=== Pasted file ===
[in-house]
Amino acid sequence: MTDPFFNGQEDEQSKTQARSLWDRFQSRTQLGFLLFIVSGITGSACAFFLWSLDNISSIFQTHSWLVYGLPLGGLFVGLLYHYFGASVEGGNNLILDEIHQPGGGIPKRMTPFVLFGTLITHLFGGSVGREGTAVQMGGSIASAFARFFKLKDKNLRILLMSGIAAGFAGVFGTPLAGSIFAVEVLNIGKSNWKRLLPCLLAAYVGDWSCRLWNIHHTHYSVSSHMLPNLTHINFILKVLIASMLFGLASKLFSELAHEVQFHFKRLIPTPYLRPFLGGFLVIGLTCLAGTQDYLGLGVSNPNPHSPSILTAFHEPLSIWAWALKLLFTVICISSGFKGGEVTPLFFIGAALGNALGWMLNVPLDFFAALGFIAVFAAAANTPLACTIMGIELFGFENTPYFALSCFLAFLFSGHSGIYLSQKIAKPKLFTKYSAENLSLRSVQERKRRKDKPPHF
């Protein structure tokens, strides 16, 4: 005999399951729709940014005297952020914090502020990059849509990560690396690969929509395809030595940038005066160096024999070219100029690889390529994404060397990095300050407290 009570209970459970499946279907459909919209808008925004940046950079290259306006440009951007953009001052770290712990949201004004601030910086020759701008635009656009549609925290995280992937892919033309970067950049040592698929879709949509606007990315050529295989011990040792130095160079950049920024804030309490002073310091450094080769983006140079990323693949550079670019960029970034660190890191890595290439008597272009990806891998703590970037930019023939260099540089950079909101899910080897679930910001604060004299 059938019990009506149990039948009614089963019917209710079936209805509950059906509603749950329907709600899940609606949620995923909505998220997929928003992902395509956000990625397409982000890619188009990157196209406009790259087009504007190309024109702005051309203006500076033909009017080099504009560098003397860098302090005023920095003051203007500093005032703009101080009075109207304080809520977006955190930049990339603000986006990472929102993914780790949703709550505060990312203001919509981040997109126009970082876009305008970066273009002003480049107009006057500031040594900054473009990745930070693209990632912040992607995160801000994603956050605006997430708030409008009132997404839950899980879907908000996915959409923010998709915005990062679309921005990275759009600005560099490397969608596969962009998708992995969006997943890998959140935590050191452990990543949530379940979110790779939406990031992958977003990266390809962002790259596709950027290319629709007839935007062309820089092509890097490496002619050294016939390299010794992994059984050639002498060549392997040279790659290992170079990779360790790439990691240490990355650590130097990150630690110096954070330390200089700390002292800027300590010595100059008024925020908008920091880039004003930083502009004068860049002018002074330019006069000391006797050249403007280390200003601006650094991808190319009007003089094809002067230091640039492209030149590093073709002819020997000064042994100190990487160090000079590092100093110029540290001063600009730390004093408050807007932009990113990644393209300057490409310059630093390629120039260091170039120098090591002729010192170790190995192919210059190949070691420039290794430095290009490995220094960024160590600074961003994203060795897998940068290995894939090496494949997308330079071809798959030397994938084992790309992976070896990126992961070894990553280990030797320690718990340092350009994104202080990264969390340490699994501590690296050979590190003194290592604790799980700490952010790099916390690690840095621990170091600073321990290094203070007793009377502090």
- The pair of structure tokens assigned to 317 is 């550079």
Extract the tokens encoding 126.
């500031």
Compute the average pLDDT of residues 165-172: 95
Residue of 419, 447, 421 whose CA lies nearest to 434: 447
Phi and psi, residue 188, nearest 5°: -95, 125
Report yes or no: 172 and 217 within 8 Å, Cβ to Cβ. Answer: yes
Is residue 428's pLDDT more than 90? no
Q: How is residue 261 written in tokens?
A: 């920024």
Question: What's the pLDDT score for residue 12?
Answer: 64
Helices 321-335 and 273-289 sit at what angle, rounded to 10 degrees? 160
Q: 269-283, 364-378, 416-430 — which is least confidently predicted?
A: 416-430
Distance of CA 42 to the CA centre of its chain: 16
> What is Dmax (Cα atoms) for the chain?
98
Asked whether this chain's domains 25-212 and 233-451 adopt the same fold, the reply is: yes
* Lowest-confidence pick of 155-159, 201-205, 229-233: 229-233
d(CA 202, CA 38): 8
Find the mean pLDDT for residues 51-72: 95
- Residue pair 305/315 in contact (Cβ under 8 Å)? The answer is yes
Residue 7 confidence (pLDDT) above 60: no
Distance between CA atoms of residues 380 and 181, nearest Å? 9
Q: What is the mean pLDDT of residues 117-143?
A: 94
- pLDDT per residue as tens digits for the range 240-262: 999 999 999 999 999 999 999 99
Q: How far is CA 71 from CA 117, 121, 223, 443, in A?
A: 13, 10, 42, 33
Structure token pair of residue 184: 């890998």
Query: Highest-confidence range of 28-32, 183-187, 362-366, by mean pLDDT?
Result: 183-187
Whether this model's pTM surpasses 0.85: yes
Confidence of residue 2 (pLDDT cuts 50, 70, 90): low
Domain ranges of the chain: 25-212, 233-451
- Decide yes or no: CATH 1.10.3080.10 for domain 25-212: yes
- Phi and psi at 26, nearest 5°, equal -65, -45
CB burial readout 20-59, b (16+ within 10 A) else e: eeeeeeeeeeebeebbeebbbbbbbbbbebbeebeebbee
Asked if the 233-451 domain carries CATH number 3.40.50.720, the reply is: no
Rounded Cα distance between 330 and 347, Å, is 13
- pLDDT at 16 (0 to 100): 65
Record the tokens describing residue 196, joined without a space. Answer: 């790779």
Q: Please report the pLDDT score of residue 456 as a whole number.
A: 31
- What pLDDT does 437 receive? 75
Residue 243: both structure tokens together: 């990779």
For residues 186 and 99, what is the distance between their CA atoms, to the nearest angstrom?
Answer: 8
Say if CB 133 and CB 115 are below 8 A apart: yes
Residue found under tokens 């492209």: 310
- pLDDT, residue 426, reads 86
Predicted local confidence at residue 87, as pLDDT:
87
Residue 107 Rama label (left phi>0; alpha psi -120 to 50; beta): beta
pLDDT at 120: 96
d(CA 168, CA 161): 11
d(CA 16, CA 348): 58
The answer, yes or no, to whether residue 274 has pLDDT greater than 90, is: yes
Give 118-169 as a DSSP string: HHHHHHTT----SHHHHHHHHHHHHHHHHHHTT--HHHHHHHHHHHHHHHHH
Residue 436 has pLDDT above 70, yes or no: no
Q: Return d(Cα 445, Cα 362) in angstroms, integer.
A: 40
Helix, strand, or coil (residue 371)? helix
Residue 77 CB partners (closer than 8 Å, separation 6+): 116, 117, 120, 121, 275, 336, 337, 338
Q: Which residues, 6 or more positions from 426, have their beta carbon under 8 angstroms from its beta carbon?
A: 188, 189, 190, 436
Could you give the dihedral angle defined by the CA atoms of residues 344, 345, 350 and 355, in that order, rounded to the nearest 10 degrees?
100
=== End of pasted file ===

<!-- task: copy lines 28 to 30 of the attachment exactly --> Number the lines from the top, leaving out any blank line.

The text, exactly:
Distance between CA atoms of residues 380 and 181, nearest Å? 9
Q: What is the mean pLDDT of residues 117-143?
A: 94